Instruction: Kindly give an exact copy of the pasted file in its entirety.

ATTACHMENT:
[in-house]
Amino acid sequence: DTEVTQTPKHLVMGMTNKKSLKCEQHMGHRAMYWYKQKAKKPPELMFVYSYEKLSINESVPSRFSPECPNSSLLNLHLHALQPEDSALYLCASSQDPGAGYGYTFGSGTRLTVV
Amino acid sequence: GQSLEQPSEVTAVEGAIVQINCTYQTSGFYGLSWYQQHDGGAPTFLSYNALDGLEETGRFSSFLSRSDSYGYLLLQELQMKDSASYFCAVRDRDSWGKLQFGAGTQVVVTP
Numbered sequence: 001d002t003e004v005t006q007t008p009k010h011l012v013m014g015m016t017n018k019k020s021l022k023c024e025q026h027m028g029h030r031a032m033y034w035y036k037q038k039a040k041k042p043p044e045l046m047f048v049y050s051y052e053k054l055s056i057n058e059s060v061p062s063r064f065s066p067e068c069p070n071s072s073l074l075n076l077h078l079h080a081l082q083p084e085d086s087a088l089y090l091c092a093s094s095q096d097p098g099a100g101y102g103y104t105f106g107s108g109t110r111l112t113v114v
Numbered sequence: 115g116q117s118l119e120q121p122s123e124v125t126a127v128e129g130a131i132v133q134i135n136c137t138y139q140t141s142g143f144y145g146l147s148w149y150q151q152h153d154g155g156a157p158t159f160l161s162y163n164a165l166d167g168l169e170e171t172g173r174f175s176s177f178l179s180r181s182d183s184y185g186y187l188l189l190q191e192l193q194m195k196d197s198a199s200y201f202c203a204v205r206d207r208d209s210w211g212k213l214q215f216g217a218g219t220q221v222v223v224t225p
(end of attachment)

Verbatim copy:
[in-house]
Amino acid sequence: DTEVTQTPKHLVMGMTNKKSLKCEQHMGHRAMYWYKQKAKKPPELMFVYSYEKLSINESVPSRFSPECPNSSLLNLHLHALQPEDSALYLCASSQDPGAGYGYTFGSGTRLTVV
Amino acid sequence: GQSLEQPSEVTAVEGAIVQINCTYQTSGFYGLSWYQQHDGGAPTFLSYNALDGLEETGRFSSFLSRSDSYGYLLLQELQMKDSASYFCAVRDRDSWGKLQFGAGTQVVVTP
Numbered sequence: 001d002t003e004v005t006q007t008p009k010h011l012v013m014g015m016t017n018k019k020s021l022k023c024e025q026h027m028g029h030r031a032m033y034w035y036k037q038k039a040k041k042p043p044e045l046m047f048v049y050s051y052e053k054l055s056i057n058e059s060v061p062s063r064f065s066p067e068c069p070n071s072s073l074l075n076l077h078l079h080a081l082q083p084e085d086s087a088l089y090l091c092a093s094s095q096d097p098g099a100g101y102g103y104t105f106g107s108g109t110r111l112t113v114v
Numbered sequence: 115g116q117s118l119e120q121p122s123e124v125t126a127v128e129g130a131i132v133q134i135n136c137t138y139q140t141s142g143f144y145g146l147s148w149y150q151q152h153d154g155g156a157p158t159f160l161s162y163n164a165l166d167g168l169e170e171t172g173r174f175s176s177f178l179s180r181s182d183s184y185g186y187l188l189l190q191e192l193q194m195k196d197s198a199s200y201f202c203a204v205r206d207r208d209s210w211g212k213l214q215f216g217a218g219t220q221v222v223v224t225p